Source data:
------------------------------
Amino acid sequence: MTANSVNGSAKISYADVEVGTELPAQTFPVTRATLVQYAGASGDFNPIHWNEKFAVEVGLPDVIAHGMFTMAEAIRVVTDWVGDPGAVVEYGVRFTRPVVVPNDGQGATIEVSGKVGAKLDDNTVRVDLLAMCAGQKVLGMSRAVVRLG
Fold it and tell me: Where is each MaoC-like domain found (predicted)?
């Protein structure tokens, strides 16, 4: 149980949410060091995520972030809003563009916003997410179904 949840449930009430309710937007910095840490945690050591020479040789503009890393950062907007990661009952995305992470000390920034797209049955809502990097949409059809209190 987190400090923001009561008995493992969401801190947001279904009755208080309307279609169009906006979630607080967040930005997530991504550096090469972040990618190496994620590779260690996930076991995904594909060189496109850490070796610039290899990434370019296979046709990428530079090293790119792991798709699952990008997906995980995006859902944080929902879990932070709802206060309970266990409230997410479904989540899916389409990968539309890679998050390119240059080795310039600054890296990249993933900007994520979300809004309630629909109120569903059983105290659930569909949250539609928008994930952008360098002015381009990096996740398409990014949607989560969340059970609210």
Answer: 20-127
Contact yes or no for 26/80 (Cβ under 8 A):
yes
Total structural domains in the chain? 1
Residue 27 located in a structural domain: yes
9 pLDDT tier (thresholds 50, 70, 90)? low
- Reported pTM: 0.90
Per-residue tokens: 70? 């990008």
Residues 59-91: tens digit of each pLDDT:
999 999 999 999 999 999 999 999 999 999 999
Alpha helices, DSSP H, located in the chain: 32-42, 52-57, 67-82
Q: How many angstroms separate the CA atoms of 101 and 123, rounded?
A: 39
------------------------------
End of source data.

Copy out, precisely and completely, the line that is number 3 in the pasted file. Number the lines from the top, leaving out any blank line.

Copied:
């Protein structure tokens, strides 16, 4: 149980949410060091995520972030809003563009916003997410179904 949840449930009430309710937007910095840490945690050591020479040789503009890393950062907007990661009952995305992470000390920034797209049955809502990097949409059809209190 987190400090923001009561008995493992969401801190947001279904009755208080309307279609169009906006979630607080967040930005997530991504550096090469972040990618190496994620590779260690996930076991995904594909060189496109850490070796610039290899990434370019296979046709990428530079090293790119792991798709699952990008997906995980995006859902944080929902879990932070709802206060309970266990409230997410479904989540899916389409990968539309890679998050390119240059080795310039600054890296990249993933900007994520979300809004309630629909109120569903059983105290659930569909949250539609928008994930952008360098002015381009990096996740398409990014949607989560969340059970609210």